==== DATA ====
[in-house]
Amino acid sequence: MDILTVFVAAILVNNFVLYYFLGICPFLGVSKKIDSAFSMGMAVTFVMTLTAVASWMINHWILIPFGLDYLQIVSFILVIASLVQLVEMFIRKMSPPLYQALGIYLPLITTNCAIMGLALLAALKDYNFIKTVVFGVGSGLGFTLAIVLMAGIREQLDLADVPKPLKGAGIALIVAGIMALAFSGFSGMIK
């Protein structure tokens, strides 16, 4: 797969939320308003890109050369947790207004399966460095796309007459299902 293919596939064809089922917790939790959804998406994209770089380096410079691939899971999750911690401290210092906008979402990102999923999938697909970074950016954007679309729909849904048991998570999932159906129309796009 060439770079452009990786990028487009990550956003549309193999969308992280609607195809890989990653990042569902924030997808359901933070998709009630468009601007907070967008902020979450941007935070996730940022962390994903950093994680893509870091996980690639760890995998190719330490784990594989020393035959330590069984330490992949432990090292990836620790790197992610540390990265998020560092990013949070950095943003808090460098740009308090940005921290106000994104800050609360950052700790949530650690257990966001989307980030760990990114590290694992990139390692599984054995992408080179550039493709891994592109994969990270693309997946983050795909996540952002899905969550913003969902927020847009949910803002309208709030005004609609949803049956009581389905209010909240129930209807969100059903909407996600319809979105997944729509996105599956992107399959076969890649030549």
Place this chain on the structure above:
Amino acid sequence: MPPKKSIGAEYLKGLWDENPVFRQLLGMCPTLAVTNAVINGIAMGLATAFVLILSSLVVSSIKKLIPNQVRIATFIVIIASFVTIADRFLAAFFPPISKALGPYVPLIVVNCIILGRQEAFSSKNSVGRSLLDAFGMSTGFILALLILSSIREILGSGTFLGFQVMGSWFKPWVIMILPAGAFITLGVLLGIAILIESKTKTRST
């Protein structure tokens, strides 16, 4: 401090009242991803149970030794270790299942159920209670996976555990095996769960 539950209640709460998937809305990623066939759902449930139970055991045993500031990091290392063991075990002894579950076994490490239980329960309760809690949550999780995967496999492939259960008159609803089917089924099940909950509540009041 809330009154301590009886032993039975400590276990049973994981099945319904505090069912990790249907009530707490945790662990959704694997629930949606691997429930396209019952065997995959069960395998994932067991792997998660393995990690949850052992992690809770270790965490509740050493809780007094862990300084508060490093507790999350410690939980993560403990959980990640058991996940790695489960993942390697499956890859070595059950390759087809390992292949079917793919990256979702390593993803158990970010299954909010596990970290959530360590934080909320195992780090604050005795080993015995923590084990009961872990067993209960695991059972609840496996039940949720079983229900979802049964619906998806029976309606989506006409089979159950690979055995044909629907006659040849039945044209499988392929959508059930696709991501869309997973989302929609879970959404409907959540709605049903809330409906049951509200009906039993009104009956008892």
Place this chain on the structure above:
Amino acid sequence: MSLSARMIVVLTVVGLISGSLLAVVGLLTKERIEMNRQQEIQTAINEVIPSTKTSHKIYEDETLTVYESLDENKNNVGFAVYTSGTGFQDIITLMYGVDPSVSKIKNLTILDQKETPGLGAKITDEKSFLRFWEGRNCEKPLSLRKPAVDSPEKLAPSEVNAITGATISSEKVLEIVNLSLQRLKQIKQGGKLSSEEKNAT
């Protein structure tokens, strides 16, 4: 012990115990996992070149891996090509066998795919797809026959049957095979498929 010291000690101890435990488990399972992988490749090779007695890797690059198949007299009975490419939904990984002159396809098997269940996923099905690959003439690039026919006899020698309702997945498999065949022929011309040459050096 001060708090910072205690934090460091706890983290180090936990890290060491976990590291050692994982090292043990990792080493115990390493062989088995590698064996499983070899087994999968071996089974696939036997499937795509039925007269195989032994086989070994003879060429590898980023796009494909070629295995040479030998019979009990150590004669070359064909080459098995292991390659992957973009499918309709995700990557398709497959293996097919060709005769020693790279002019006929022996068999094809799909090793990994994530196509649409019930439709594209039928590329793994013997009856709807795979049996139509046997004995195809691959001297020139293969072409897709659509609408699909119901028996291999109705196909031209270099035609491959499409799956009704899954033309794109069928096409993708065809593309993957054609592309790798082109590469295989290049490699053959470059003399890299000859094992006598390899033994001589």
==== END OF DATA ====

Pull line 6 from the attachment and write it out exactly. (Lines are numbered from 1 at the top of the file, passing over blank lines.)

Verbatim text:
């Protein structure tokens, strides 16, 4: 401090009242991803149970030794270790299942159920209670996976555990095996769960 539950209640709460998937809305990623066939759902449930139970055991045993500031990091290392063991075990002894579950076994490490239980329960309760809690949550999780995967496999492939259960008159609803089917089924099940909950509540009041 809330009154301590009886032993039975400590276990049973994981099945319904505090069912990790249907009530707490945790662990959704694997629930949606691997429930396209019952065997995959069960395998994932067991792997998660393995990690949850052992992690809770270790965490509740050493809780007094862990300084508060490093507790999350410690939980993560403990959980990640058991996940790695489960993942390697499956890859070595059950390759087809390992292949079917793919990256979702390593993803158990970010299954909010596990970290959530360590934080909320195992780090604050005795080993015995923590084990009961872990067993209960695991059972609840496996039940949720079983229900979802049964619906998806029976309606989506006409089979159950690979055995044909629907006659040849039945044209499988392929959508059930696709991501869309997973989302929609879970959404409907959540709605049903809330409906049951509200009906039993009104009956008892």